As described in greater detail in U.S. patent application Ser. No. 13/212,036, now U.S. Pat. No. 8,238,318, and Ser. No. 13/536,927 and incorporated herein by reference, various antenna configurations may be utilized in point-to-point and point-to-multipoint embodiments of the current invention. With reference to FIG. 3I, a block diagram of an exemplary IBR antenna array is depicted. Such an array may also be used in part or in entirety as a receive and/or transmit antenna array for an IBR device according to one embodiment of the invention. As the array includes a plurality of antenna panels (310I-A . . . D, 330I, for example), each panel may include one of the antenna structures or individual antennas including the antenna structures. In an IBR device, normally two such antenna arrays including some or all of the antenna panels depicted in FIG. 3I would be utilized with an azimuthal directional bias different for each array or for each collection of one or more such antenna panels to optimize link performance between the instant IBR and the source and destination devices.

While FIG. 3I is a diagram of an exemplary horizontally arranged intelligent backhaul radio antenna array, FIG. 3J is a diagram of an exemplary vertically arranged intelligent backhaul radio antenna array that may also be used in part or in entirety as a receive and/or transmit antenna array for an IBR device according to one embodiment of the invention. The depicted antenna arrays shown in FIGS. 3I and 3J are intended for operation in the 5 to 6 GHz band. Analogous versions of the arrangement shown in FIGS. 3I and 3J are possible for any bands within the range of at least 500 MHz to 100 GHz as will be appreciated by those of skill in the art of antenna design.

The exemplary transmit directive antenna elements depicted in FIGS. 3I and 3J include multiple dipole radiators arranged for either dual slant 45 degree polarization (FIG. 3I) or dual vertical and horizontal polarization (FIG. 3J) with elevation array gain as described in greater detail in U.S. patent application Ser. No. 13/536,927 and incorporated herein. In one exemplary embodiment, each transmit directive antenna element has an azimuthal beam width of approximately 100-120 degrees and an elevation beam width of approximately 15 degrees for a gain Gqt of approximately 12 dB.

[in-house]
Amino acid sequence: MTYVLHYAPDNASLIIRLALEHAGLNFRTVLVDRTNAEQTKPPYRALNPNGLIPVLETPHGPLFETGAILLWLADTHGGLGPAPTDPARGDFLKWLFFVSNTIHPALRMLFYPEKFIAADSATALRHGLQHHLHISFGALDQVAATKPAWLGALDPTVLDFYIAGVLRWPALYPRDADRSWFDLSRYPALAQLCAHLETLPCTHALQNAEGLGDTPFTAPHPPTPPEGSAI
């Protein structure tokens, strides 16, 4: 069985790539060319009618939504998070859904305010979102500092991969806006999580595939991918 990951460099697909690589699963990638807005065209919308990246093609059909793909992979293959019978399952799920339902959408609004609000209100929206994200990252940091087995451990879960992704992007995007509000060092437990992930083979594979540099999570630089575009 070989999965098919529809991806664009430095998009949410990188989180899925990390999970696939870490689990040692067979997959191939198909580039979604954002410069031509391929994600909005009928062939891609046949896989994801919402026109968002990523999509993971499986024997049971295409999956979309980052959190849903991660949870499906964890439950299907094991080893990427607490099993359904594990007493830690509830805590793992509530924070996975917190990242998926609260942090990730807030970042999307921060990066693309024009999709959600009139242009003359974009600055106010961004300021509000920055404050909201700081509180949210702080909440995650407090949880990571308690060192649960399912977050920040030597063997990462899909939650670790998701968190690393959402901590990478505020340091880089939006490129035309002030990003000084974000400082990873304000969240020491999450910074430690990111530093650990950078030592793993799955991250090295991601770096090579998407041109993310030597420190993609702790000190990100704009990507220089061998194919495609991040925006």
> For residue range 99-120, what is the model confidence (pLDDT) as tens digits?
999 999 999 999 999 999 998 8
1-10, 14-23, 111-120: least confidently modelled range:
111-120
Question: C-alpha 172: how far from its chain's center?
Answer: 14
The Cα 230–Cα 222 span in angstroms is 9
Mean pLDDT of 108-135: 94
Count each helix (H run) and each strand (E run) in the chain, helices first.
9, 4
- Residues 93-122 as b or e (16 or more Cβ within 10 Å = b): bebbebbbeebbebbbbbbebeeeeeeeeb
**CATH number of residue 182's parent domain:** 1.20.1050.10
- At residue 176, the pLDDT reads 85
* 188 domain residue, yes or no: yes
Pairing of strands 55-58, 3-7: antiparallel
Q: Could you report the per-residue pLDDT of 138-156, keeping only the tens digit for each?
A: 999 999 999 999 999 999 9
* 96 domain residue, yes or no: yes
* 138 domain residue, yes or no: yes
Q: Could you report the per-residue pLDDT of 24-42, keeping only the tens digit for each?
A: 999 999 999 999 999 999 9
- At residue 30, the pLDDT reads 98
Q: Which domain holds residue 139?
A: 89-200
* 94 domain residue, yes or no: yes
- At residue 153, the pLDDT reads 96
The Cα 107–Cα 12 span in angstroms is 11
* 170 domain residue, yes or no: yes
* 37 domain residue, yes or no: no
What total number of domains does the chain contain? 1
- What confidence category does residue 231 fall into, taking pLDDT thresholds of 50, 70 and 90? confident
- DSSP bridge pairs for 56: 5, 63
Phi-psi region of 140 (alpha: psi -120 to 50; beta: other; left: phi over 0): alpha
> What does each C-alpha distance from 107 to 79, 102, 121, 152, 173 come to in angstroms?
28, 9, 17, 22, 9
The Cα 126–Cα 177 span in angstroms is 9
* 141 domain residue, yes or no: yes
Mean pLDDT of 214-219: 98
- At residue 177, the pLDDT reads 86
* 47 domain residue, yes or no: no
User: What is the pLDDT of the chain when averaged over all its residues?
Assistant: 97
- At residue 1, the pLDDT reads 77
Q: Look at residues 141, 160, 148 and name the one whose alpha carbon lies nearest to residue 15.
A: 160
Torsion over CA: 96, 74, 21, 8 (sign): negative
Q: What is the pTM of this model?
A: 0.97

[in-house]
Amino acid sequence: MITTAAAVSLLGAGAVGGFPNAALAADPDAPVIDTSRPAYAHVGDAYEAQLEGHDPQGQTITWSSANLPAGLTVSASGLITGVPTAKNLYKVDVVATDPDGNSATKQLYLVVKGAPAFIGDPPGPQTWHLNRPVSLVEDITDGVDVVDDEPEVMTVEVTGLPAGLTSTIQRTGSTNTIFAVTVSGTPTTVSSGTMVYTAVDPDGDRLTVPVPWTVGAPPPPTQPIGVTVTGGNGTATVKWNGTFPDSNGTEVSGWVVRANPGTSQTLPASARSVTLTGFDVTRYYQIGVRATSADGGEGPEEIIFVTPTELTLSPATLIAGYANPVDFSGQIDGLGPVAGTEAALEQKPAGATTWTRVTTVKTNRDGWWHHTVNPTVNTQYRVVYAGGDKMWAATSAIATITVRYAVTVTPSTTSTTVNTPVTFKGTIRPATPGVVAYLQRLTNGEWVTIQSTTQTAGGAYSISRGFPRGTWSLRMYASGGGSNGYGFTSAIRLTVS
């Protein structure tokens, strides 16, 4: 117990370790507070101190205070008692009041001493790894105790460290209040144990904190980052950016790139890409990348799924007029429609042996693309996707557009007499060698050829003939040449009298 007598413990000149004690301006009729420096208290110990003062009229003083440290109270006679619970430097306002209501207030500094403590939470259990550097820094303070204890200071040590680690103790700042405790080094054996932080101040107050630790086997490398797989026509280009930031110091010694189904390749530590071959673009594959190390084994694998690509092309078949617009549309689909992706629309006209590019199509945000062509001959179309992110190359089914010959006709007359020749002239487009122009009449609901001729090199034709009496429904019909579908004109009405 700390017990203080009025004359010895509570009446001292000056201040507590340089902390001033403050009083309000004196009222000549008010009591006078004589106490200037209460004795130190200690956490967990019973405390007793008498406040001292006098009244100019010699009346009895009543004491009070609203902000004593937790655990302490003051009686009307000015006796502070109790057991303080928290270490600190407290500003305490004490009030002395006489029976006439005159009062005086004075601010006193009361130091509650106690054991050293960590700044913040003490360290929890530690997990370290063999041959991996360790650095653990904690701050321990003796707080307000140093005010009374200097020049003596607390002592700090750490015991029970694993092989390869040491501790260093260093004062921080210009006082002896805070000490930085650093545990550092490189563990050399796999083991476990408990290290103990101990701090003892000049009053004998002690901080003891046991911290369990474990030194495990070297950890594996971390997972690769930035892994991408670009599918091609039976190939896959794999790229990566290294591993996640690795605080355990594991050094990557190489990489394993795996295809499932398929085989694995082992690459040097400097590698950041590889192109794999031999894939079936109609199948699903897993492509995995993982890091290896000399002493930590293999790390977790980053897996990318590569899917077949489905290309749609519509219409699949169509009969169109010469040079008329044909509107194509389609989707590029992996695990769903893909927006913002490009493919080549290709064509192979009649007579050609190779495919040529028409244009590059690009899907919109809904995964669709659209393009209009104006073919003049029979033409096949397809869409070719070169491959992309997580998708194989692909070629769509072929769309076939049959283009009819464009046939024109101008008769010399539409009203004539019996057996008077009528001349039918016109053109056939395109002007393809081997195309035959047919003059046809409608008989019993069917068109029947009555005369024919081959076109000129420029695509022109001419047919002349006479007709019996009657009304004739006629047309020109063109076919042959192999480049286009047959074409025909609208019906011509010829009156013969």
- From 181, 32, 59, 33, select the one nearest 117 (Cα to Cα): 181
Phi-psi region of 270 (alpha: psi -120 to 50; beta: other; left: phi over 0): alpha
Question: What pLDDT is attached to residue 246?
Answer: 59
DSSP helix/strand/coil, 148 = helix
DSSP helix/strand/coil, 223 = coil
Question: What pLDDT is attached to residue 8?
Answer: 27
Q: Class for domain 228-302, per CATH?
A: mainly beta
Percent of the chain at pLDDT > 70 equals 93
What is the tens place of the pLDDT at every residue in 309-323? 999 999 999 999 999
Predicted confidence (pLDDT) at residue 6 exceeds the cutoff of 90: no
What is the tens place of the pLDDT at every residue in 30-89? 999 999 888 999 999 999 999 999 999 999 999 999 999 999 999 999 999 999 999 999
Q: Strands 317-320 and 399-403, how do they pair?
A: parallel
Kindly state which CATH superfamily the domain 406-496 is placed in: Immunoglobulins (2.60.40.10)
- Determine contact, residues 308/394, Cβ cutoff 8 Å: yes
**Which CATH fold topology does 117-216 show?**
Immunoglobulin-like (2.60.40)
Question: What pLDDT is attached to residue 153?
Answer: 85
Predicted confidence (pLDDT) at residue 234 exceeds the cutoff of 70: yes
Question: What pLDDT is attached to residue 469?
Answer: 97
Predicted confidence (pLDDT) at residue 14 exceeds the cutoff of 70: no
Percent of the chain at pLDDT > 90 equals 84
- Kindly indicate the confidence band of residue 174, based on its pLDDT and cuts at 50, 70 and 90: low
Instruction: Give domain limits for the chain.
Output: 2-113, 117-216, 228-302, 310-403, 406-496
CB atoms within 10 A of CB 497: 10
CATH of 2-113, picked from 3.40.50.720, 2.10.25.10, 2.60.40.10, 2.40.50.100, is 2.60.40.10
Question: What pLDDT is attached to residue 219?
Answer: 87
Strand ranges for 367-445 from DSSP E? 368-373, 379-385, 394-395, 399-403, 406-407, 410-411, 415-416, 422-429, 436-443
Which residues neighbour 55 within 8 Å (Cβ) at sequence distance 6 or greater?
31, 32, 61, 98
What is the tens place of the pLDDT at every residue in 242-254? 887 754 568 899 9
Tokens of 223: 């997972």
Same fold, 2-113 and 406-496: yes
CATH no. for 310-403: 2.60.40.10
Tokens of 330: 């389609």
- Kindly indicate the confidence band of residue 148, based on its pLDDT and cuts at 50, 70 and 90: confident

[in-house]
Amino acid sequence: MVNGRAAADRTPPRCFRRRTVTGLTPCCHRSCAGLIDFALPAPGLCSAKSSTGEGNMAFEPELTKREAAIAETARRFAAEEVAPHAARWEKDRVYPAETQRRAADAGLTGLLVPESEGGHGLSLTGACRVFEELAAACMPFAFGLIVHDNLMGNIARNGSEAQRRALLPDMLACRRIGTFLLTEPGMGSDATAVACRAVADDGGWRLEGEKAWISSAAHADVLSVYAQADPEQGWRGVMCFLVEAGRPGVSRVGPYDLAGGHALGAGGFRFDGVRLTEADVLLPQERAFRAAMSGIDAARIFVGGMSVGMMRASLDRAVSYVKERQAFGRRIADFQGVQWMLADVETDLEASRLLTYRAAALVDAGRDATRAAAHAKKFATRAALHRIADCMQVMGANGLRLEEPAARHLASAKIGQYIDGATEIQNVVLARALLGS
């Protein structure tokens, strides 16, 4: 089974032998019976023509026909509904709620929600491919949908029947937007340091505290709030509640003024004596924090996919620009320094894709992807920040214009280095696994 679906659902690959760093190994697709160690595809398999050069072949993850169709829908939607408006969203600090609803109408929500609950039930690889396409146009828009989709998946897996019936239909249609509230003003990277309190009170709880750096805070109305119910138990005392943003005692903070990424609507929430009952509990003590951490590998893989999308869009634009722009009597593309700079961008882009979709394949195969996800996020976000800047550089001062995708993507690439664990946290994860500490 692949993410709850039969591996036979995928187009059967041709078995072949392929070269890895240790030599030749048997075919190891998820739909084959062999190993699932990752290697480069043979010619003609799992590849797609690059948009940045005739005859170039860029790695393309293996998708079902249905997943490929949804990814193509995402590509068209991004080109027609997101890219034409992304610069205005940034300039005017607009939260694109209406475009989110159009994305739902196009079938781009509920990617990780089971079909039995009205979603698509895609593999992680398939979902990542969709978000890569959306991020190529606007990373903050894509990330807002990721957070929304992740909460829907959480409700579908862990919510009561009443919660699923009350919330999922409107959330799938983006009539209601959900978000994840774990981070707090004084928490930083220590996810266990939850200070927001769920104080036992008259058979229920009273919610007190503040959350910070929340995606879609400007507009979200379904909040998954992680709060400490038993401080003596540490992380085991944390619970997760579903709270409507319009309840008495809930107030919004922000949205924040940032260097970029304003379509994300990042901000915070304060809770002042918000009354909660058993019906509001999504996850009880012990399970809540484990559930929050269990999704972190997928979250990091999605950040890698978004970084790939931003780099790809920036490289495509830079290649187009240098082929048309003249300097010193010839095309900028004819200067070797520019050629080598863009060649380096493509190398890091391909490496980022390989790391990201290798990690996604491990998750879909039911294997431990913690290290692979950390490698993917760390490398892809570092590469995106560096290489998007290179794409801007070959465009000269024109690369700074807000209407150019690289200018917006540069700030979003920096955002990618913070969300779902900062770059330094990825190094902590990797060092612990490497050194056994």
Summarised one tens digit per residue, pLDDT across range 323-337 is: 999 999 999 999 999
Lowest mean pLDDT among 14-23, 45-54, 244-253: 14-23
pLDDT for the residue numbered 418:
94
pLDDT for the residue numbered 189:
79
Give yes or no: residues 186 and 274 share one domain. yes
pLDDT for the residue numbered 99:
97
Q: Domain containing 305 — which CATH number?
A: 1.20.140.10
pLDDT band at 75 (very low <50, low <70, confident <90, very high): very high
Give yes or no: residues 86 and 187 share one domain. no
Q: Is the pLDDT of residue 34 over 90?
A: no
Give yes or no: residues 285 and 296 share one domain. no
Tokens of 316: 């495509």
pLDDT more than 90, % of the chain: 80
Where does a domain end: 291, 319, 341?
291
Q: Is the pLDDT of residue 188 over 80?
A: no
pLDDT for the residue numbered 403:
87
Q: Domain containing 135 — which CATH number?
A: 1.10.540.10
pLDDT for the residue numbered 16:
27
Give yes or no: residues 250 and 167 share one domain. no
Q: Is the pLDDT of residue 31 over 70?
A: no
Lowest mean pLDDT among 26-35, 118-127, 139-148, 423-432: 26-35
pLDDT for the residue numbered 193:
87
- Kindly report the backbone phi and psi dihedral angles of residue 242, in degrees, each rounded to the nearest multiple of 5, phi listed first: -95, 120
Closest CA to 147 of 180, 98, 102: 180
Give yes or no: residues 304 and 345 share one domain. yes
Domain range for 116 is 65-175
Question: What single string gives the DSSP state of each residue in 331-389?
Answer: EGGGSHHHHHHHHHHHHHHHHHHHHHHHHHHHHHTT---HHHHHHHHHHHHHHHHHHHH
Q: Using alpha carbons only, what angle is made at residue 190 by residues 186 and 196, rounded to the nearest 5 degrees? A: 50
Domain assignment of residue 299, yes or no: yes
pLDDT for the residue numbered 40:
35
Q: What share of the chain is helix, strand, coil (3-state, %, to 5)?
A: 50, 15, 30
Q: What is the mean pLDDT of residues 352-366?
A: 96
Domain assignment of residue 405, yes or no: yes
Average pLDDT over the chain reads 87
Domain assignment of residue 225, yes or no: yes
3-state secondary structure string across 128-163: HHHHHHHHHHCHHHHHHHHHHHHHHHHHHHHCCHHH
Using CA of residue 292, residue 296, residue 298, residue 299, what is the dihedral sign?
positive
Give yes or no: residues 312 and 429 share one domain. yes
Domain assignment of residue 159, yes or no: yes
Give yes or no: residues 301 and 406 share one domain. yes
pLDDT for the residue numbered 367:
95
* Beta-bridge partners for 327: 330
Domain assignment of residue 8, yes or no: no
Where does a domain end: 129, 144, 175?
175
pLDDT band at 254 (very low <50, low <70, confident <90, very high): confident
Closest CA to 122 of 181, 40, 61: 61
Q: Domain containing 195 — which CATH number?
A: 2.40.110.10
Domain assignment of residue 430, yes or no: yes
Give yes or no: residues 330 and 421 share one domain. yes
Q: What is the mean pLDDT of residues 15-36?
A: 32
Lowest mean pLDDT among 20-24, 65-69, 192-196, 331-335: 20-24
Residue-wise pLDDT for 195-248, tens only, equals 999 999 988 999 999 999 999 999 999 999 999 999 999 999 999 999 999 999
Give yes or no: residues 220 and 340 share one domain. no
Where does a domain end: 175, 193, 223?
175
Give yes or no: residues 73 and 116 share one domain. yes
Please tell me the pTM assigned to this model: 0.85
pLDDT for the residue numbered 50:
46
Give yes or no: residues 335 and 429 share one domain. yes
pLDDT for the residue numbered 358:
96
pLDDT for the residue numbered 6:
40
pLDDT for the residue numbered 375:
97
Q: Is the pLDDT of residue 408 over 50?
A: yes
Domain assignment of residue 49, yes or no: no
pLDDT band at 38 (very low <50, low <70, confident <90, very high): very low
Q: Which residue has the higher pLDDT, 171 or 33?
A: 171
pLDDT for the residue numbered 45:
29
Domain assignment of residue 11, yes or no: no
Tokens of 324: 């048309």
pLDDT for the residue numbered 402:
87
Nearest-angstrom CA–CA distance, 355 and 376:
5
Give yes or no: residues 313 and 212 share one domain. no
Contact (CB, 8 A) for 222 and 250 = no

The receive directive antenna elements depicted in FIGS. 3I and 3J include multiple patch radiators arranged for either dual slant 45 degree polarization or dual vertical and horizontal polarization with elevation array gain and azimuthal array gain as described in greater detail in U.S. patent application Ser. No. 13/536,927 and incorporated herein. In one exemplary embodiment, each receive directive antenna element has an azimuthal beam width of approximately 40 degrees and an elevation beam width of approximately 15 degrees for a gain Gqr of approximately 16 dB.

Preliminary measurements of exemplary antenna arrays similar to those depicted in FIG. 3I show isolation of approximately 40 to 50 dB between individual transmit directive antenna elements and individual receive directive antenna elements of same polarization with an exemplary circuit board and metallic case behind the radiating elements and a plastic ray dome in front of the radiating elements. Analogous preliminary measurements of exemplary antenna arrays similar to those depicted in FIG. 3J show possible isolation improvements of up to 10 to 20 dB for similar directive gain elements relative to FIG. 3I.